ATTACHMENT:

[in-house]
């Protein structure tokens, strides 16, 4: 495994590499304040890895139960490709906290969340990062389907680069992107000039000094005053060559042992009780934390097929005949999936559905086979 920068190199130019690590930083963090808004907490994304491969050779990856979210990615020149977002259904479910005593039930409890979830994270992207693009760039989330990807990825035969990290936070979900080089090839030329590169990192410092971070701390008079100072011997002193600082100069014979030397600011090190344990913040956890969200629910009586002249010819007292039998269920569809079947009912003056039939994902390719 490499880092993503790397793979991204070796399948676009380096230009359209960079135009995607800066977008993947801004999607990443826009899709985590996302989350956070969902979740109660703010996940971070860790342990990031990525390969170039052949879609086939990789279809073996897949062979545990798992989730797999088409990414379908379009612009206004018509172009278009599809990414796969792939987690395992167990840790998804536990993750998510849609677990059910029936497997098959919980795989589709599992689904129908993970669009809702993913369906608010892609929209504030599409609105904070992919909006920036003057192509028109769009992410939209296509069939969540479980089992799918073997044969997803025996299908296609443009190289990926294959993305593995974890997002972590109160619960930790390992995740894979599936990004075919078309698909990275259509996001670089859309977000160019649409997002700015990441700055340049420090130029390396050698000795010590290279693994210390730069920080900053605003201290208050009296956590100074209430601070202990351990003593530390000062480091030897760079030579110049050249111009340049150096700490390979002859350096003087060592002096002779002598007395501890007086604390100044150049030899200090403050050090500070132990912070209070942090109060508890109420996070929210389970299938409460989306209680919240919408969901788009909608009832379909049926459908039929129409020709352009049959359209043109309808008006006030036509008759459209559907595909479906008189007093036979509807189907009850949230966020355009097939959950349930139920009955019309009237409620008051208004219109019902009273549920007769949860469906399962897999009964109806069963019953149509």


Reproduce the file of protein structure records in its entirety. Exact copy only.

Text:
[in-house]
């Protein structure tokens, strides 16, 4: 495994590499304040890895139960490709906290969340990062389907680069992107000039000094005053060559042992009780934390097929005949999936559905086979 920068190199130019690590930083963090808004907490994304491969050779990856979210990615020149977002259904479910005593039930409890979830994270992207693009760039989330990807990825035969990290936070979900080089090839030329590169990192410092971070701390008079100072011997002193600082100069014979030397600011090190344990913040956890969200629910009586002249010819007292039998269920569809079947009912003056039939994902390719 490499880092993503790397793979991204070796399948676009380096230009359209960079135009995607800066977008993947801004999607990443826009899709985590996302989350956070969902979740109660703010996940971070860790342990990031990525390969170039052949879609086939990789279809073996897949062979545990798992989730797999088409990414379908379009612009206004018509172009278009599809990414796969792939987690395992167990840790998804536990993750998510849609677990059910029936497997098959919980795989589709599992689904129908993970669009809702993913369906608010892609929209504030599409609105904070992919909006920036003057192509028109769009992410939209296509069939969540479980089992799918073997044969997803025996299908296609443009190289990926294959993305593995974890997002972590109160619960930790390992995740894979599936990004075919078309698909990275259509996001670089859309977000160019649409997002700015990441700055340049420090130029390396050698000795010590290279693994210390730069920080900053605003201290208050009296956590100074209430601070202990351990003593530390000062480091030897760079030579110049050249111009340049150096700490390979002859350096003087060592002096002779002598007395501890007086604390100044150049030899200090403050050090500070132990912070209070942090109060508890109420996070929210389970299938409460989306209680919240919408969901788009909608009832379909049926459908039929129409020709352009049959359209043109309808008006006030036509008759459209559907595909479906008189007093036979509807189907009850949230966020355009097939959950349930139920009955019309009237409620008051208004219109019902009273549920007769949860469906399962897999009964109806069963019953149509």